Such learning experiences can be difficult, and the benefits of a changed perspective and opened mind may take years to be realized. But those benefits -- as Justice Sandra Day O’Connor observed when the court considered the matter of race in admissions in 2003's Grutter v. Bollinger -- are “substantial” and “real.” In October, a national Purdue-Gallup study found that students who had interacted regularly with diverse peers in college were 2.2 times more likely to believe that their degree was worth the cost after graduation.
Indeed, from the beginning, UT has claimed achieving the educational benefits of diversity as its "compelling interest" that justifies its limited use of race in admissions -- just as the University of Michigan Law School argued successfully in Grutter. To assess whether those goals were being met, UT looked at various indicators, including not only enrollment trends but also evidence of racial isolation and campus climate (including faculty and student feedback), and other data including how the educational benefits of diversity were experienced in the classroom.
Three red flags emerged: 1) a lack of socioeconomic diversity within racial minority groups, 2) an absence of racial minority students in smaller, discussion-oriented classrooms and 3) a drop in minority enrollment (especially among African-American students), which led to increased racial isolation for those groups. These suggested that UT had not yet reached its diversity goals and that its limited use of race in admissions continued to be justified.
In the second round ofthe Fisher case, the Supreme Court will again be asked to consider those indicators, given a change in Abigail Fisher's litigation strategy, particularly in her characterization of UT’s process and underlying goals. In the coming round of litigation, Fisher herself argues that the three indicators were UT's overarching goals, not simply indicators by which UT considered whether its broader goal of achieving the educational benefits of diversity for all students was being met.
In other words, she argues that UT was not seeking the educational benefits of diversity through its race-conscious admissions policy but rather the more narrow interests of "diversity within diversity," classroom diversity and reducing racial isolation. And, to the plaintiff, none of these interests rises to the level of necessity that the court demands. This line of argument did not appear in Abigail Fisher's arguments in Fisher I back in 2012-13, and it will be interesting to see how the court untangles the facts and legal arguments that the two sides are presenting.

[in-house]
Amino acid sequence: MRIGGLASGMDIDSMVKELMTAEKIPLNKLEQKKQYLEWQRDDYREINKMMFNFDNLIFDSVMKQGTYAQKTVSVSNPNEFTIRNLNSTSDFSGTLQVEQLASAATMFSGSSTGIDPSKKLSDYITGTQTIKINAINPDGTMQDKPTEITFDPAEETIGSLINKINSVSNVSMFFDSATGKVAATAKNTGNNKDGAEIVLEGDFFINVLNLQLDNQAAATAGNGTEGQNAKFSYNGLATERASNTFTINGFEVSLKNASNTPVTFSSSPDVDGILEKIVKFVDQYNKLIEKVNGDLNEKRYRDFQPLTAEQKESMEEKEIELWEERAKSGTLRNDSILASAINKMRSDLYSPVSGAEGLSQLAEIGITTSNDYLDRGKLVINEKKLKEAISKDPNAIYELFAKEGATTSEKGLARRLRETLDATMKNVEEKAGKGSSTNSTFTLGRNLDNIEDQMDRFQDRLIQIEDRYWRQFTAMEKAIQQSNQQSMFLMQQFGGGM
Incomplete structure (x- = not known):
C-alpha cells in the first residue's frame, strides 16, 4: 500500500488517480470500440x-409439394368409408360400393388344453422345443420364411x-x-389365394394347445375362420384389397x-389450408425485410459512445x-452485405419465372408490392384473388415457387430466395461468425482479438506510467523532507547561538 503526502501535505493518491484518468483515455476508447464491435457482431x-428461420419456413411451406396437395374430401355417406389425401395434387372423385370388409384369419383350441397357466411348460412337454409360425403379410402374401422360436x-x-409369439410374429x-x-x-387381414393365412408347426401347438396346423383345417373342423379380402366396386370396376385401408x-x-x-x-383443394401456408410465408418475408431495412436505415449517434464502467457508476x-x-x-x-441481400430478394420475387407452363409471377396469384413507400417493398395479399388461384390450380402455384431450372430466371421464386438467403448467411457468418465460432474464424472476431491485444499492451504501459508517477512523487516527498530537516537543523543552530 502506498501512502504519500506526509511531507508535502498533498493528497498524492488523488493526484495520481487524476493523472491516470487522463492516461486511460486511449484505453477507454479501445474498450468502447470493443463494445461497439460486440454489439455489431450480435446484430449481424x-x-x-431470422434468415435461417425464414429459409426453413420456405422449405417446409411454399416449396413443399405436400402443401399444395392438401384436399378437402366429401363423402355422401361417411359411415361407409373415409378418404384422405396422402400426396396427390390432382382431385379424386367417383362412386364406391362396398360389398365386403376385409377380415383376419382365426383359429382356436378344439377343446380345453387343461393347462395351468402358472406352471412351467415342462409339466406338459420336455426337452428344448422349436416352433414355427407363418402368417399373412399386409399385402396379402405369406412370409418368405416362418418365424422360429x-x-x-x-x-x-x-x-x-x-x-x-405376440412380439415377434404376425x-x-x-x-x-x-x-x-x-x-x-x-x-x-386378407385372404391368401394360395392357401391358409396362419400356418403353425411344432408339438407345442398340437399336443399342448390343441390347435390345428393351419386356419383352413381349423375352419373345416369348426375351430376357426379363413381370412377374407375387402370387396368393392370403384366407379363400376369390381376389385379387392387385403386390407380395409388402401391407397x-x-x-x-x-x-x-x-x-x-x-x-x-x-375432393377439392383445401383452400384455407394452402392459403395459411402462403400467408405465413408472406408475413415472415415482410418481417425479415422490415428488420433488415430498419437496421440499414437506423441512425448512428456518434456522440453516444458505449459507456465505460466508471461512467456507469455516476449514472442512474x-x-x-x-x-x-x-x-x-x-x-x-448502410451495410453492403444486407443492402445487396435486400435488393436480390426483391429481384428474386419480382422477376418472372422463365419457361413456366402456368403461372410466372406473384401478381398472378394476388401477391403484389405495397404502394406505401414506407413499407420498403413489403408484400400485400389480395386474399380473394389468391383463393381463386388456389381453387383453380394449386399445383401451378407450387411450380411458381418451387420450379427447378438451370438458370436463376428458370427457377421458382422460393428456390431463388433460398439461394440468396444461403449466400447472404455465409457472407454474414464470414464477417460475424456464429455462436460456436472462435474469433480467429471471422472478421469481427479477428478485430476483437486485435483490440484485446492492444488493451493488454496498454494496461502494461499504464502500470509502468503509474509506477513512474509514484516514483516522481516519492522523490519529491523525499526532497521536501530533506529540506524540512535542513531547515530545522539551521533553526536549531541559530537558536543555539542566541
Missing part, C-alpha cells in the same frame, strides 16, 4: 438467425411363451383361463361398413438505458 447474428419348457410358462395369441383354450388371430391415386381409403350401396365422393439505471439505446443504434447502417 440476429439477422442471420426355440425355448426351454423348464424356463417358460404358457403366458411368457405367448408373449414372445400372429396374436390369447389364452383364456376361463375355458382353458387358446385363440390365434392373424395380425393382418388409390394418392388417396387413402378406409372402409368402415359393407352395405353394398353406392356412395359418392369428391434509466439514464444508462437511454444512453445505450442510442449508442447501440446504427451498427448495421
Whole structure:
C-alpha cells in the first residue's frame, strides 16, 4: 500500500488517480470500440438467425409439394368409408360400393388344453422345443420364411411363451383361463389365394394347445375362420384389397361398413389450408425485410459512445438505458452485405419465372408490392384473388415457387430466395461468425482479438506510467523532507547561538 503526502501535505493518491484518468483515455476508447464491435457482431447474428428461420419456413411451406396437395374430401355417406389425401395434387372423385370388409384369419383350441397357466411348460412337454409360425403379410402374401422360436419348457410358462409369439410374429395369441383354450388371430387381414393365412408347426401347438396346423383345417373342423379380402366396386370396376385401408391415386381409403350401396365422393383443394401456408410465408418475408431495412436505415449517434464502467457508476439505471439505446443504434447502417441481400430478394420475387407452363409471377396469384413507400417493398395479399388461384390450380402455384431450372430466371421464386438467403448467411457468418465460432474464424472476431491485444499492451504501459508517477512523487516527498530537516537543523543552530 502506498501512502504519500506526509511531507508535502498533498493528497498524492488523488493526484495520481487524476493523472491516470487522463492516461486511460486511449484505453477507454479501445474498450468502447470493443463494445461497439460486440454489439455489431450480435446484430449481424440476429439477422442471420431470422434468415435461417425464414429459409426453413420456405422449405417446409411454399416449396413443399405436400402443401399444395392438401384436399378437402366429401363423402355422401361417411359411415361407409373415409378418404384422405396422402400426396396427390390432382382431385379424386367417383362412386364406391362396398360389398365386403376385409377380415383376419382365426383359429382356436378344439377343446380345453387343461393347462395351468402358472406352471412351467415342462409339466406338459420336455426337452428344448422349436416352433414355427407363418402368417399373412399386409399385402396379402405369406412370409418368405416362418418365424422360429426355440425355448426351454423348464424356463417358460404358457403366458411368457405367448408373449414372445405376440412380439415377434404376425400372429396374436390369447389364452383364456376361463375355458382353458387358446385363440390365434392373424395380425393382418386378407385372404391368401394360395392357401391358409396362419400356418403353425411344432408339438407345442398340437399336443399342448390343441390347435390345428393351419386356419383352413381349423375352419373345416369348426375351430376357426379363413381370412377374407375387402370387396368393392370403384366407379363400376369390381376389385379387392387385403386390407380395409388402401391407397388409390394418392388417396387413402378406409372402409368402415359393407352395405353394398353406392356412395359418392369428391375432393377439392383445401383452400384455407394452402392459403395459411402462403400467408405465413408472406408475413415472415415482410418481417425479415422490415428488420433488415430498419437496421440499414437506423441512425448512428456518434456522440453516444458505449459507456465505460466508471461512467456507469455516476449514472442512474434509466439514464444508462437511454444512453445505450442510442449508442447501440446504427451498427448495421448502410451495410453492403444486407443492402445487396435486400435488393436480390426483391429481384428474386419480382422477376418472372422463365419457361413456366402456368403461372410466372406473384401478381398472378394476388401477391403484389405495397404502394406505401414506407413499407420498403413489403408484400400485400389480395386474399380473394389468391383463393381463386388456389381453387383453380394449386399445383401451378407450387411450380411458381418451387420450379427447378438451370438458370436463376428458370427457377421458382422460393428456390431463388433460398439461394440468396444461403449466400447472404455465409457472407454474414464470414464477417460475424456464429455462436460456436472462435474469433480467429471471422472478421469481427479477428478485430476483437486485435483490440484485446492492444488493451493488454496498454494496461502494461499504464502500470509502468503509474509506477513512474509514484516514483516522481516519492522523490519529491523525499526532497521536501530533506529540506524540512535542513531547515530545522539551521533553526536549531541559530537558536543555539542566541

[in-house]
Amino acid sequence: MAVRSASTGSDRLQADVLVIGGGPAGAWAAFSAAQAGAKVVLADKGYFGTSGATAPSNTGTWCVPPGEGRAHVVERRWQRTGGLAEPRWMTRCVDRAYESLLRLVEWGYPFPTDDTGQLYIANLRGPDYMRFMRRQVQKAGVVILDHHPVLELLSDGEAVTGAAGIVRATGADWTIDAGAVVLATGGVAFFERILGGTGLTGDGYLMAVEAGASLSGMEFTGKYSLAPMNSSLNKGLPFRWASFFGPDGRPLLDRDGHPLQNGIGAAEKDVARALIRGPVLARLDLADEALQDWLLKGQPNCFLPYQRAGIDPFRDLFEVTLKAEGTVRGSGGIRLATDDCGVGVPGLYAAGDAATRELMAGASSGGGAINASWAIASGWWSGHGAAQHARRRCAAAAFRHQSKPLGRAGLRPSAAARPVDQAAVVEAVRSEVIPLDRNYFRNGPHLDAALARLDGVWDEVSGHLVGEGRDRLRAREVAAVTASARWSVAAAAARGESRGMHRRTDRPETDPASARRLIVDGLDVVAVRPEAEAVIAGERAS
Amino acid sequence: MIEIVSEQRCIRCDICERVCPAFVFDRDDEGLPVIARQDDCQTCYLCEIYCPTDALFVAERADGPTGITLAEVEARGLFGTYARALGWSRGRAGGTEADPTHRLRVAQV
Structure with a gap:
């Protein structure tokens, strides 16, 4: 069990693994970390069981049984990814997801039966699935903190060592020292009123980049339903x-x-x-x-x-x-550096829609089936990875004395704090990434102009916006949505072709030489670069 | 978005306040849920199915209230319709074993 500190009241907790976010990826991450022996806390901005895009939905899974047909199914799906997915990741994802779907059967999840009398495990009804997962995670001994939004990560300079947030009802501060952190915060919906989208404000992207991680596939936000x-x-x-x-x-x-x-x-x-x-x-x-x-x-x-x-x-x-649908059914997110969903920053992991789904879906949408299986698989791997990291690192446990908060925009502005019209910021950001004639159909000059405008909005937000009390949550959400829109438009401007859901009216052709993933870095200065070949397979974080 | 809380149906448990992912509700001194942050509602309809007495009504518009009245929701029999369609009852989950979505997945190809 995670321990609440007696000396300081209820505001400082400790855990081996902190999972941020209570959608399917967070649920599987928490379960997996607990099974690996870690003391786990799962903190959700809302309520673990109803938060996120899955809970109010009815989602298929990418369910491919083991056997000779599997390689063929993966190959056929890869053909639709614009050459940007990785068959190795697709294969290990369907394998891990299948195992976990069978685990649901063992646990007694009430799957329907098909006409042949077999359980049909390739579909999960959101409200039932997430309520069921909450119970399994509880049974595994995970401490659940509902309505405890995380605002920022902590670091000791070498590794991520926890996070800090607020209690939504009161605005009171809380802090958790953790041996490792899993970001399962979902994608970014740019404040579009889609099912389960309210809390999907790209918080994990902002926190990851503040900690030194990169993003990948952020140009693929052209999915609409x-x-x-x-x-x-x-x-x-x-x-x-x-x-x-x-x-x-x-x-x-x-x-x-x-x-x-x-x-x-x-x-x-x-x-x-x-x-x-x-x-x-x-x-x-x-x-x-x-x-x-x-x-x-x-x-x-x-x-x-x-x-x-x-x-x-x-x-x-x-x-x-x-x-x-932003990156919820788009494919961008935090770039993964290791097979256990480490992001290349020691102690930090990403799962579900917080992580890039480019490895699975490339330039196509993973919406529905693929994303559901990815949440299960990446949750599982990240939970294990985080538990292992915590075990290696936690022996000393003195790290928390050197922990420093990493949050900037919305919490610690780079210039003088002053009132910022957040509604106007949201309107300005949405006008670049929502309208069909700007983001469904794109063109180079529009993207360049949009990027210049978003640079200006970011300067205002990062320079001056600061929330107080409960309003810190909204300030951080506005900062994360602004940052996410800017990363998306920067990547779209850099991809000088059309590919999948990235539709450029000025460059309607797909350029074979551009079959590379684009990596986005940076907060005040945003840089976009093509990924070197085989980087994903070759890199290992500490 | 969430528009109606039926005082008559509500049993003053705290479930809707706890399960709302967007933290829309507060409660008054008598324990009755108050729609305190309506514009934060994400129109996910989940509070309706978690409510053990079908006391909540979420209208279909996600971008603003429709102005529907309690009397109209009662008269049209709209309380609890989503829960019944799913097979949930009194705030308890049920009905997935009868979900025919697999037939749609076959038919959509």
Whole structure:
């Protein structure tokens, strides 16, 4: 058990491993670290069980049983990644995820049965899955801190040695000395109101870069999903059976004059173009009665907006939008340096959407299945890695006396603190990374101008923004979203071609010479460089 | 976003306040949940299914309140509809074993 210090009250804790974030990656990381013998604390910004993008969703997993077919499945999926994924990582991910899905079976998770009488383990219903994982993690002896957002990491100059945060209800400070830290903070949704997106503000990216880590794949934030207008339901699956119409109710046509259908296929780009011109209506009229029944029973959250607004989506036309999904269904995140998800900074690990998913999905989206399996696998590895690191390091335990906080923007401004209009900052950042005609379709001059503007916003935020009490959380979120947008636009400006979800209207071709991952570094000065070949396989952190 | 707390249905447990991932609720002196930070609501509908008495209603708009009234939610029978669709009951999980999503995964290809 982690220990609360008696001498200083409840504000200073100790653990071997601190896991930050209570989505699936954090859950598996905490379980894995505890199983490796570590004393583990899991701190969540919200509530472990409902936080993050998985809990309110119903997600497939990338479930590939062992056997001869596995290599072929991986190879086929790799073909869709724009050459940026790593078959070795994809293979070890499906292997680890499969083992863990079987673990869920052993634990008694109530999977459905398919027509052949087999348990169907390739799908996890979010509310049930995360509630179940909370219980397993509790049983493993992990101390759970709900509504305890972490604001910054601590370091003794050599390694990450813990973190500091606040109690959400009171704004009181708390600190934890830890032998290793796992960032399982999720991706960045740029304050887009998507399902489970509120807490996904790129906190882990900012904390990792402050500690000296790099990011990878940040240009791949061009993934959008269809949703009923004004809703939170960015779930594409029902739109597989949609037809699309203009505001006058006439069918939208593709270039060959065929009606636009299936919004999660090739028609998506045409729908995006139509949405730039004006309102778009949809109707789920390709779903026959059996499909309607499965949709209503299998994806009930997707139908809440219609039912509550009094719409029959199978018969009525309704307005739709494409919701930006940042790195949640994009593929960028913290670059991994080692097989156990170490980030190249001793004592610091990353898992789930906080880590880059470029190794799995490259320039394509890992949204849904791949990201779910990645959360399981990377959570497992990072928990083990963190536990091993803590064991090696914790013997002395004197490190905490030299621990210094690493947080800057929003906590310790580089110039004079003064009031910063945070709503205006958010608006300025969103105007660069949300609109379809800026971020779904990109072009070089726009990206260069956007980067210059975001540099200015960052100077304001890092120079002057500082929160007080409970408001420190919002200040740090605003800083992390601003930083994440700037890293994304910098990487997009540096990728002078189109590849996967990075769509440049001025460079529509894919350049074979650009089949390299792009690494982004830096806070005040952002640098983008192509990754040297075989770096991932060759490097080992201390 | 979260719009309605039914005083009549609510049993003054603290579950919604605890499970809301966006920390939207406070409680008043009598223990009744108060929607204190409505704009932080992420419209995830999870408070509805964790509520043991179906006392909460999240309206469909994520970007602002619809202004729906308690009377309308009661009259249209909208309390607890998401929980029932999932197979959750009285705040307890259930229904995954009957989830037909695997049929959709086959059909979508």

We won't have a resolution of Fisheruntil the decision comes down sometime in the first half of 2016. In the meantime, however, colleges and universities should not simply sit on their hands and wait for the court’s instructions. Institutions should carefully consider their admissions processes and how they communicate them. Addressing the questions previously raised in pursuit of a more dynamic, diverse and inclusive campus environment can be a positive step forward for all institutions, regardless of how the court decides Fisher.
And colleges and universities must also take other steps beyond just admitting a diverse class. As the events on multiple campuses over the past several weeks have demonstrated, students are demanding that administrators take concrete actions to improve campus life for all students, particularly those who are underrepresented. They are asking institutions not only to consider the positive benefits of diversity, but also the harms that can come from a lack of diversity and inclusion -- including “tokenism,” racial isolation and fewer opportunities to combat stereotypes. Changing the institutional culture and environment is admittedly very hard work for institutions and students alike, but that work is worth doing for the benefits that can result for students while they are on the campus and after they graduate.